Town Centre Securities (LSE:TOWN) was founded by 32 year-old Arnold Ziff in 1959, and it floated on the London market in 1960. A Leeds man, born and bred he had inherited the Stylo shoe business from his father. He knew the city intimately which must have been a great help when it came to ideas for development schemes and negotiating with the powers that be. He and his wife Marjorie became great benefactors, and both of them received recognition from the Queen for their philanthropic work.
They had two sons, Michael (born 1953) and Edward (born 1960), and a daughter, Ann Louise. Michael worked at Stylo and Edward at TOWN.
The Merrion Centre in Leeds has been the bedrock of the company for a long time. The £3m “revolutionary scheme” was opened in 1964, the first of its kind, introducing Leeds to the combination of destination for shopping by day with entertainment and attractions at night.
Edward Ziff, OBE, joined the company when 21 and was appointed to the board in 1985. He became MD in 1983, CEO in 2001 and succeeded his father as Chairman in 2004. He too is dedicated to Leeds, being a prominent philanthropist.
So, this is a family business proud of its inheritance and the contribution it can make to all stakeholders, from the citizens of the cities in which it operates to shareholders. The senior team have decades of experience, a network of influential friends and contacts and a reputation for reliability and commitment to Leeds and Manchester.
The family still own 51.5% of the shares so other shareholders have little they can do should the family turn against their interests.
Are they likely to turn against private investors? To answer we need to judge their character. I have not met them yet, but I have picked up a few clues through my reading (and there is an excellent Youtube video with Edward being interviewed last December).
Firstly, the family are very generous with time and money to worthy causes, indicating they are not obsessed with piling up money to please their egos, but try to act decently in community.
They pride themselves on good relationships. For example, in the last annual report and the last interim report they attribute the high level of rent collection in these trying times to “Our flexible approach means that we are hands on with our tenants and have built strong relationships with many entrepreneurial businesses, working with them through the cycle….Such long-term relationships have been key during this period, allowing us to understand the changing needs of tenants and share their pain where we can. We worked closely with many tenants to agree payment plans during the peak of the crisis and are now helping to ensure the safe and successful reopening of their businesses. Most tenants have acted responsibly and in good faith in difficult circumstances…The office space is fully let serving a range of smaller and larger tenants including Leeds City Council’s headquarters and we work hard to keep tenants on site and build strong relationships.” (2020 Annual Report)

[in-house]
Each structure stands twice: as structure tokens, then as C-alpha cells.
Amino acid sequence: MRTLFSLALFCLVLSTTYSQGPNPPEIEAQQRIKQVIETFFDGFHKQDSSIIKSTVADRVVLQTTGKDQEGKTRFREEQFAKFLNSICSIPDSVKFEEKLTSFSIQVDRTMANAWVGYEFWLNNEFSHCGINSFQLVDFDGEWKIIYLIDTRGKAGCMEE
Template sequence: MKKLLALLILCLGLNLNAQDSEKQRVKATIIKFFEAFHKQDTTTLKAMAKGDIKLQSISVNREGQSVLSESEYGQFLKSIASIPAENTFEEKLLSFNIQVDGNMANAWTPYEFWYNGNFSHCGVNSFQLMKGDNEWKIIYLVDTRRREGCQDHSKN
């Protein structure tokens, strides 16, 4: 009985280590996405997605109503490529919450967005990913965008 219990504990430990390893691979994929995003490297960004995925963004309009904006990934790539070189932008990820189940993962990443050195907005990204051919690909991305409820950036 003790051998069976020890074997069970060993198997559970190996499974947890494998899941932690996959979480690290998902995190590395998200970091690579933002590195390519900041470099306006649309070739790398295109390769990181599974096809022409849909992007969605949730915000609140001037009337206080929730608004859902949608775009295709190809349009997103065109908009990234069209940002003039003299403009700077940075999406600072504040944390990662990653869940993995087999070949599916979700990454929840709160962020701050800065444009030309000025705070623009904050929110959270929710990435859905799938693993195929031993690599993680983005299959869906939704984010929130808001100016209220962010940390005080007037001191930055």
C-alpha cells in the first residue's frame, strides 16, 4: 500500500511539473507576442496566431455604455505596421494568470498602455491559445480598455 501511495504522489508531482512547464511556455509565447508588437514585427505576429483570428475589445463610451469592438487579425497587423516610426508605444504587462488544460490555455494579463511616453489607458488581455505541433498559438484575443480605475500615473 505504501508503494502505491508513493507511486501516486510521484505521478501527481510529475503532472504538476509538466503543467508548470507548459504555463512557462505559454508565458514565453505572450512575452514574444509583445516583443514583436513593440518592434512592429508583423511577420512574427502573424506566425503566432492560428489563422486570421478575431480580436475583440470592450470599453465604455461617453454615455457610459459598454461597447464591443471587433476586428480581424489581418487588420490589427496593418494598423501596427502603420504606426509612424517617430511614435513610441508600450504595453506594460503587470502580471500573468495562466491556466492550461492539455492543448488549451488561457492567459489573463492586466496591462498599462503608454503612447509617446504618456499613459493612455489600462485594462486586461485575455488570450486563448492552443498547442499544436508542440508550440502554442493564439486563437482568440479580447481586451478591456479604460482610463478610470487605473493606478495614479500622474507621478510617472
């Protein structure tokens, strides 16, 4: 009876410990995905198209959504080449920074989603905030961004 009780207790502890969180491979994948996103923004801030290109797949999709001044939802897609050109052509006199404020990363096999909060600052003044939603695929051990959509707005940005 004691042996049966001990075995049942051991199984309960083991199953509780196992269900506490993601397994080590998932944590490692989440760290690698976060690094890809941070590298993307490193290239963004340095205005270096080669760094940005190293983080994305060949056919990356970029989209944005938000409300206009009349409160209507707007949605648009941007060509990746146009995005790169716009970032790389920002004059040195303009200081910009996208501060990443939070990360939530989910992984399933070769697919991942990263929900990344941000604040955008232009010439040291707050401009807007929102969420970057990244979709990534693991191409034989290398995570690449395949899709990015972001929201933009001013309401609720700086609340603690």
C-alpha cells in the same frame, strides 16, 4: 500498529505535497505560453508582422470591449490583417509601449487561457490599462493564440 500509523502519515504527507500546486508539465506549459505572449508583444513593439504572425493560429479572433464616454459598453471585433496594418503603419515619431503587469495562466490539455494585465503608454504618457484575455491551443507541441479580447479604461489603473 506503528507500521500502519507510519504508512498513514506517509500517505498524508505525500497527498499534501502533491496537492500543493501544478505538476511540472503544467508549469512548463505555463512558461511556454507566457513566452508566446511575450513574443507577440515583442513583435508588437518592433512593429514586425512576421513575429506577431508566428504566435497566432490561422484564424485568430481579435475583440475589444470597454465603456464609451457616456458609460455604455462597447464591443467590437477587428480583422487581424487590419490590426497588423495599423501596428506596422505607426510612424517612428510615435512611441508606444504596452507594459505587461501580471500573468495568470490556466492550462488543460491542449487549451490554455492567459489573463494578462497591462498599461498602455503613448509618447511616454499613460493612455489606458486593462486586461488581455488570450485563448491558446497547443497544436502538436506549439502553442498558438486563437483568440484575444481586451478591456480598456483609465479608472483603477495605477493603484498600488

According to bulletin board writers they make the effort to speak with small shareholders: “The directors were very welcoming and communicative” and “Edward Ziff could not have been more welcoming. He even brought my cup of tea over…I think these sorts of family companies are under the radar of most other investors, but people like us are happy to be part of the family”.
There has been quite a lot of change in non-family executives in the boardroom of late. This may be of concern - I don't know - but continuity is provided by family members (and there does not seem to be animosity from the departing directors)
Stewart MacNeil, FD.
Appointed to a permanent position in June this year, he had been acting Interim Chief Financial Officer since February 2021 following the sudden departure of the previous FD.
He spent the bulk of his professional career at LXB Properties, the real estate investment company which focused on edge of town and out of town retail assets, and most recently worked at a small development consultancy business. A Cambridge graduate and a Fellow of the ICAEW.
Son of Edward, he joined the company in 2008, becoming MD of Citipark in 2009 and appointed to the board in 2015. While he has a wider knowledge and perspective across the business he concentrates on Citipark and constantly examines the potential of new technology and new ways of doing business. He led the acquisitions programme which has doubled the size of the car park division. He also heads TCS Energy, founded in 2012, which pursues renewable energy production and storage. Ben led the investment in the app company YourParkingSpace.co.uk.
Michael Ziff, NED
Michael Ziff headed the Stylo/Barratt/Priceless
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Prof. Glen Arnold
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